Crown Prince of Sweden
Despite Bernadotte's repeated failures and treachery, he was about to succeed on a scale that no others of the time achieved. In 1810, the King of Sweden's heir died, and a camp in the Swedish politics suggested someone from Napoleon's family should become the new heir. Bernadotte was not the first choice of many of the Swedes, but he was the only one willing to renounce his religion of Catholicism. Napoleon considered that despite their differences Bernadotte was born a Frenchman would not act against France. Bernadotte left France and his wife Désirée behind and was elected Crown Prince of the Swedes. Désirée finally joined him in 1811 but returned to Paris a year later.
In 1812 Bernadotte openly defied Napoleon's Continental System by opening trade with England. Furthermore, when the Grande Armée invaded Russia, Bernadotte promised to attack France when Tsar Alexander promised to support Sweden's desire to take Norway from the King of Denmark. In 1813 he joined the coalition against France when the British offered to pay for the war and ignore his conquest of Norway. Bernadotte led the Swedish army to Germany to fight against his old comrades. French soldiers were not happy about Bernadotte's questionable allegiance, and one story told of Bernadotte attempting to parley with a French-held fortress. The story went that when Bernadotte approached he was shot at, and when he protested firing on a soldier under the flag of truce, the official French response was that the sentry had only been trying to apprehend a French deserter.8
Months later, Bernadotte was upset when told the Allies would not support a conquest of Norway as they hoped to gain the favor of the King of Denmark. Luckily for him, the King of Denmark decided to ally with France, and the Allies agreed to turn a blind eye to his ambitions on Norway. That summer, he defeated his old colleagues Oudinot at Gross Beeren and then Ney at Dennewitz. His men arrived late to Leipzig but he helped convinced the Saxons to switch sides in the midst of the battle. Nevertheless, Bernadotte's Prussian allies were furious with him for his tardiness much as his former French colleagues had been, accusing him of taking credit for the victories of Gross Beeren and Dennewitz and being inactive throughout the campaign. Bernadotte next turned north to invade Holstein and after a quick campaign, he forced the King of Denmark to cede Norway to Sweden.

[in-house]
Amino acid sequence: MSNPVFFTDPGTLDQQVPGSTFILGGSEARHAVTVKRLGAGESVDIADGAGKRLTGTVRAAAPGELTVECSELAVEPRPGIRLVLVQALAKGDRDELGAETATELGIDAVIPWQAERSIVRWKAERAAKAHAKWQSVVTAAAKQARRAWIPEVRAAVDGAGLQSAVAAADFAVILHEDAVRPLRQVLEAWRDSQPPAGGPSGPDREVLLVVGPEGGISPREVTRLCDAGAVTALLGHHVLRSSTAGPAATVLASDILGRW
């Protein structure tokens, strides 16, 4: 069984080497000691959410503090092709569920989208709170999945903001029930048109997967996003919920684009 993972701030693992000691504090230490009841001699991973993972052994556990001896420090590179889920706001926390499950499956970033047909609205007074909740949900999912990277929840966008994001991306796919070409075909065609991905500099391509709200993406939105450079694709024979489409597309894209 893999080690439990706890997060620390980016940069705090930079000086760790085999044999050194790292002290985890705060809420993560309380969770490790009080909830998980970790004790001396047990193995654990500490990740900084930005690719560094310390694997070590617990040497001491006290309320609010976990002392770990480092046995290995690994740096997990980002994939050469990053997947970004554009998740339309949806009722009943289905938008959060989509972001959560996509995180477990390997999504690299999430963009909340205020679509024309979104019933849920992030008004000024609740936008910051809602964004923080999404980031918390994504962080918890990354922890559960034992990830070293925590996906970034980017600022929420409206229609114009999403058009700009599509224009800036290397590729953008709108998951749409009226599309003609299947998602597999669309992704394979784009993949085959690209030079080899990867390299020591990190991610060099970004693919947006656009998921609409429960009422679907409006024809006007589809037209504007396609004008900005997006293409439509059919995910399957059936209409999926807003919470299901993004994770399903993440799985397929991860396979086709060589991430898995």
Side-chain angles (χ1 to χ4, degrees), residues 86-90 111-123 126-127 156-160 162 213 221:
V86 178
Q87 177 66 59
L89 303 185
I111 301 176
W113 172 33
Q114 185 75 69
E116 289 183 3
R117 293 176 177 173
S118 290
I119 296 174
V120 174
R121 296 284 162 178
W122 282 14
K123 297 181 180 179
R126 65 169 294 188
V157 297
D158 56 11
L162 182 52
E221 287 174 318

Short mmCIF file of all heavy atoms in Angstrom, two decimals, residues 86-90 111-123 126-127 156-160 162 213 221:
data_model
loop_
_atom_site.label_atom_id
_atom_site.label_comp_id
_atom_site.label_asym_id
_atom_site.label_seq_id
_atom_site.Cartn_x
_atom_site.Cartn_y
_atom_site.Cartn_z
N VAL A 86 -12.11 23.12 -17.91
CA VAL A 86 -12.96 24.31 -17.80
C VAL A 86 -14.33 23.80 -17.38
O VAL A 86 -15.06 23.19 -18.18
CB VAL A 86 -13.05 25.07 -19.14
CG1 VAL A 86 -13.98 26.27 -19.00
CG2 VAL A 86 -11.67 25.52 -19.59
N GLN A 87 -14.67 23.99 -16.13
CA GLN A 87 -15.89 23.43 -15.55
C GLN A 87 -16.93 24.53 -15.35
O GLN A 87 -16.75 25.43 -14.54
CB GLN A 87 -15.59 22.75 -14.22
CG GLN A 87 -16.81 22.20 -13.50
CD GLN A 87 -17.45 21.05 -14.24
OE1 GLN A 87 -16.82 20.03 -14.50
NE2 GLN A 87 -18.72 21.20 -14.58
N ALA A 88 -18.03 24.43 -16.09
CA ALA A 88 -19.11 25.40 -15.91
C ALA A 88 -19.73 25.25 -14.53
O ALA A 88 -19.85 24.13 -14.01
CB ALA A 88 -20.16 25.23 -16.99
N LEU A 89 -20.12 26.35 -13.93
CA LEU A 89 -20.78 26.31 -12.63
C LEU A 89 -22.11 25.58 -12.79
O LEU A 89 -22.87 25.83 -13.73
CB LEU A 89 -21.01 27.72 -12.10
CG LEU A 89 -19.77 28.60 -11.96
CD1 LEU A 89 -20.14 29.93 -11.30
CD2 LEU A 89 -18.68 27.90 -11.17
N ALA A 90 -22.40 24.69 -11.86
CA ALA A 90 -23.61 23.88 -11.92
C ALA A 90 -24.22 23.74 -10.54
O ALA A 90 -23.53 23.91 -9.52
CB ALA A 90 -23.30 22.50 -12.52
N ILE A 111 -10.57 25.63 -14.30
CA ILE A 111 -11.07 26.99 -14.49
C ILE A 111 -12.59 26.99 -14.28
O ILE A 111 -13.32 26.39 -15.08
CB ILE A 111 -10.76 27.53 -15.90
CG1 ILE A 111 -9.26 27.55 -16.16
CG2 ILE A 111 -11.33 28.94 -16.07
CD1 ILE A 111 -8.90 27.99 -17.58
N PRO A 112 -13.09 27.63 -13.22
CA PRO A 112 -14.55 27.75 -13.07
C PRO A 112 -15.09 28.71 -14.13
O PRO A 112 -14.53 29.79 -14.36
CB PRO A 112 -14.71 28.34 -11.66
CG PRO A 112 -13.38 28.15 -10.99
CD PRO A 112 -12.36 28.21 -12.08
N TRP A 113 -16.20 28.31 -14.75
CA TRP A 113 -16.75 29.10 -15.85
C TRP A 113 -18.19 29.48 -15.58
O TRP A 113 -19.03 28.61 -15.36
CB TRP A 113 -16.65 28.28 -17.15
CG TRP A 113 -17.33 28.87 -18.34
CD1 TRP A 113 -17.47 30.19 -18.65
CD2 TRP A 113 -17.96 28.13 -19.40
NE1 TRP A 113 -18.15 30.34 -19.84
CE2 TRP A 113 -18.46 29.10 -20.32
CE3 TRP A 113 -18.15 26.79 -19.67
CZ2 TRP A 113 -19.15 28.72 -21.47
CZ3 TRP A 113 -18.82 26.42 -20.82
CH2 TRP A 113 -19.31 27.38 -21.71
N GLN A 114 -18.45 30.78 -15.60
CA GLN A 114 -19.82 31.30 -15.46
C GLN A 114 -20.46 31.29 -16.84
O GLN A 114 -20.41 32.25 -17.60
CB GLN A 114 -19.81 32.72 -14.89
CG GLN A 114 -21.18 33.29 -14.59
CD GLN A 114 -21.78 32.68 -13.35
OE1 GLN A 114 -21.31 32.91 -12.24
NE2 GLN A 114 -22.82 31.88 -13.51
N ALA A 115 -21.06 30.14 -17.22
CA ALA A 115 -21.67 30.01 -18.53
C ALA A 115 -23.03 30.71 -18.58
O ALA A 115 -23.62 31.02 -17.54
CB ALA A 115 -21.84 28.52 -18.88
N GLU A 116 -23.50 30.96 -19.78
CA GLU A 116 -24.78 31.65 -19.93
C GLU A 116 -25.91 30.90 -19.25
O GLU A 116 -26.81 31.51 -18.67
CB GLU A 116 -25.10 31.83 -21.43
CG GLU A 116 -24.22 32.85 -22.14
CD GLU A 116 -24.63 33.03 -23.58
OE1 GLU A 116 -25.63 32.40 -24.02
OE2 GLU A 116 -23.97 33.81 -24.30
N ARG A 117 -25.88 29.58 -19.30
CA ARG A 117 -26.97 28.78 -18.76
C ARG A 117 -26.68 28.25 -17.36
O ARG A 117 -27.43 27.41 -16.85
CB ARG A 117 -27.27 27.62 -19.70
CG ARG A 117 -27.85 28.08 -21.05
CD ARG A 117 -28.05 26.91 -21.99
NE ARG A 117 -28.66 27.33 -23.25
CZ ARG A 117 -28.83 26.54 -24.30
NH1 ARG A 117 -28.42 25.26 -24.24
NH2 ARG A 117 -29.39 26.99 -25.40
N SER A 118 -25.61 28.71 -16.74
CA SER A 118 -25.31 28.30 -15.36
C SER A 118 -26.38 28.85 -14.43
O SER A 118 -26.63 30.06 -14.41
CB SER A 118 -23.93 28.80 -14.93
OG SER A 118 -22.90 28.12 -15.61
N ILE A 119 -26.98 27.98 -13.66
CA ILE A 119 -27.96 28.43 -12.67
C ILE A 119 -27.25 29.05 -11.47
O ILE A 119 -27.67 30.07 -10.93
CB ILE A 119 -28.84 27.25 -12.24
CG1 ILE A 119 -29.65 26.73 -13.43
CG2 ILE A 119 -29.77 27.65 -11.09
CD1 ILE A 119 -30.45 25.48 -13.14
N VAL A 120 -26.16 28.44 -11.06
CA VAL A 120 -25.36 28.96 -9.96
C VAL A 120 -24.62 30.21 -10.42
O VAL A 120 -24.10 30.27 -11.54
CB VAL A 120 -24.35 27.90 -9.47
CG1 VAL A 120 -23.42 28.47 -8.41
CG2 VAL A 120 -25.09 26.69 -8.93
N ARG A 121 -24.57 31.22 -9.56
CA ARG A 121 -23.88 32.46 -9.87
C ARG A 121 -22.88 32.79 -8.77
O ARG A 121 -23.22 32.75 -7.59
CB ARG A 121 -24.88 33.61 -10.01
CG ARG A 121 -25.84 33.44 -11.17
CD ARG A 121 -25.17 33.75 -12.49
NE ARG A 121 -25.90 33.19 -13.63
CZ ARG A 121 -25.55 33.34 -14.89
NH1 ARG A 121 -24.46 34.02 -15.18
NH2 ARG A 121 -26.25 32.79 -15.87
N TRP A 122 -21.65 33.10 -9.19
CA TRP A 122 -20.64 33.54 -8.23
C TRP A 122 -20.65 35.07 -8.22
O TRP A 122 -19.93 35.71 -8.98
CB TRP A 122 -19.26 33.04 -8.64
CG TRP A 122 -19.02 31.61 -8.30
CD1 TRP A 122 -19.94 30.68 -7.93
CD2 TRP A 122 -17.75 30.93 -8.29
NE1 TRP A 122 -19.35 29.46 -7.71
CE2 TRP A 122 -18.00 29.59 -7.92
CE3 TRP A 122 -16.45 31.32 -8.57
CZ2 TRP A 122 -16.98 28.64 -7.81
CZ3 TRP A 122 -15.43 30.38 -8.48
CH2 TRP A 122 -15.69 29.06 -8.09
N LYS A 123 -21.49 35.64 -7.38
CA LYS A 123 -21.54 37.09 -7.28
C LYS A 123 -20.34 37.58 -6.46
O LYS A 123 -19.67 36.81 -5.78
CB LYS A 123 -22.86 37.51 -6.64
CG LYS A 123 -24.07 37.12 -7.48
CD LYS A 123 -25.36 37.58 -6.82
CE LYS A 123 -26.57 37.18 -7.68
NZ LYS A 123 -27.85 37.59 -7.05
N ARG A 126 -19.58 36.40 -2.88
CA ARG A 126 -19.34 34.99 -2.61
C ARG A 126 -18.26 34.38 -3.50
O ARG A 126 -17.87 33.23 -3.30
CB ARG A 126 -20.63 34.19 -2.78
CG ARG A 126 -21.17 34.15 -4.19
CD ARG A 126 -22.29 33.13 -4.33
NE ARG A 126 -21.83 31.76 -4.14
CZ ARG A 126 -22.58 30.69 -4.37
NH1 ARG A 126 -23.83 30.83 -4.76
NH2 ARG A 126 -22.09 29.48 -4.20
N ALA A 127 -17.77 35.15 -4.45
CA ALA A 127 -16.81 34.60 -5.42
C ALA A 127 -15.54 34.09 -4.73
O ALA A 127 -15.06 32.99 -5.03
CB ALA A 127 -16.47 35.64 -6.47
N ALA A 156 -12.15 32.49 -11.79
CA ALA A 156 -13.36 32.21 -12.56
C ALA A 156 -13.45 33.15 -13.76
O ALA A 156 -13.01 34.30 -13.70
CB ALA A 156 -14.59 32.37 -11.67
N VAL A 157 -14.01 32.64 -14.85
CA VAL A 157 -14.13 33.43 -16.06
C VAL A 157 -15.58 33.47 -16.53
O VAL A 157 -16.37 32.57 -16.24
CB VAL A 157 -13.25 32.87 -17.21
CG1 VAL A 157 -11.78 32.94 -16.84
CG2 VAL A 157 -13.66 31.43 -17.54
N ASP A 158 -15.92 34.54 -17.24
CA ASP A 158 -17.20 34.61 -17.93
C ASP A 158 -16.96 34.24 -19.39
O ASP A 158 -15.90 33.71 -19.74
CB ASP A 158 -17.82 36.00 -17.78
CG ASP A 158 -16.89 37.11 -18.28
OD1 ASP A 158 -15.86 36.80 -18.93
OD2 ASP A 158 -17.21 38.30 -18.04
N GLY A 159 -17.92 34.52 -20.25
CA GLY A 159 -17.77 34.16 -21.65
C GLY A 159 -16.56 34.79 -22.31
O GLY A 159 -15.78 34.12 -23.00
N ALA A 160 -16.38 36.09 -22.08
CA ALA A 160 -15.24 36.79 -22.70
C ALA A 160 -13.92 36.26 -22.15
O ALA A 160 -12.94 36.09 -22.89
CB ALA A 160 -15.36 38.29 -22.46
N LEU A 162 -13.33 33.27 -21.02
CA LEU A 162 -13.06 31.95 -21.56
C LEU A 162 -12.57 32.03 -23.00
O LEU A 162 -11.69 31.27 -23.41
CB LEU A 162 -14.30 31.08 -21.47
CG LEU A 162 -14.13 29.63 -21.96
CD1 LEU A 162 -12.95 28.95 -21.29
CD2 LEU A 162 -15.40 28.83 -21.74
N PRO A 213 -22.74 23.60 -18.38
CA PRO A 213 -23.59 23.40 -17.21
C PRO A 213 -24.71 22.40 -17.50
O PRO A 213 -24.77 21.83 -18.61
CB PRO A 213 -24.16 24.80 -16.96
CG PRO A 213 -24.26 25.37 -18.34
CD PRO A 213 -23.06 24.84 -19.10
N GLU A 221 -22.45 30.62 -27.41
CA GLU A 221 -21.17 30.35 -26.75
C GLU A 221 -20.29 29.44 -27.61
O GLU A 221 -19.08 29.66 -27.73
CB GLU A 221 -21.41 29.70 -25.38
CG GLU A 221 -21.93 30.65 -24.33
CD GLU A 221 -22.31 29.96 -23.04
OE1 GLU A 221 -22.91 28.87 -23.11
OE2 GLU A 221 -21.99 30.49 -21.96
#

Bernadotte was hesitant to be seen as invading France, but he eventually crossed the Rhine and entered France behind the other Allies. After Napoleon's abdication, Bernadotte met some of his old colleagues, but when he went to meet Marshal Lefebvre and his wife, Madame Lefebvre refused to let him in and shouted through the door, "I am in, Turncoat, but I don't want to see you."9
Bernadotte returned to Sweden and in 1815 during the Hundred Days he refused to join the new coalition against Napoleon. In 1818, he became King of Sweden and Norway when the old king died, and in 1823 his wife finally joined him in Sweden. He reigned until 1844 when he died of a stroke. After his death, the words "Death to Kings" were allegedly found on his arm, an ironic choice of words from his time during the French Revolution.
On St. Helena, Napoleon said of Bernadotte, "...he sacrificed both his new and his mother country, his own glory, his true power, the cause of the people, and the welfare of Europe... He is now the only upstart sovereign in Europe."10
- David G. Chandler, ed., Napoleon's Marshals, (New York: Macmillan Publishing, 1987), 20-21.
- F. G. Hourtoulle, Wagram: The Apogee of the Empire, trans. Alan McKay, (Paris: Histoire & Collections, 2005), 114.
- Ibid., 115.
- David G. Chandler, The Campaigns of Napoleon, (New York: Macmillan Publishing, 1966), 496.
- Ibid., 724.
- Hourtoulle, Wagram, 117.
- Chandler, Napoleon's Marshals, 29.
- John R. Elting, Swords Around a Throne: Napoleon's Grande Armée, (USA: Da Capo Press, 1997), 691.
- Hourtoulle, Wagram, 117.
- Philip J. Haythornthwaite, Who Was Who in the Napoleonic Wars, (London: Arms & Armour, 1998), 31.
- Chandler, David G., ed. Napoleon's Marshals. New York: Macmillan Publishing Company, 1987.
- Elting, John R. Swords Around a Throne: Napoleon's Grande Armée. USA: Da Capo Press, 1997.
- Haythornthwaite, Philip J. Who Was Who in the Napoleonic Wars. London: Arms & Armour, 1998.
- Six, Georges. Dictionnaire Biographique des Généraux & Amiraux Français de la Révolution et de l'Empire (1792-1814). 2 vols. Paris: Gaston Saffroy, 2003.
Updated May 2019
© Nathan D. Jensen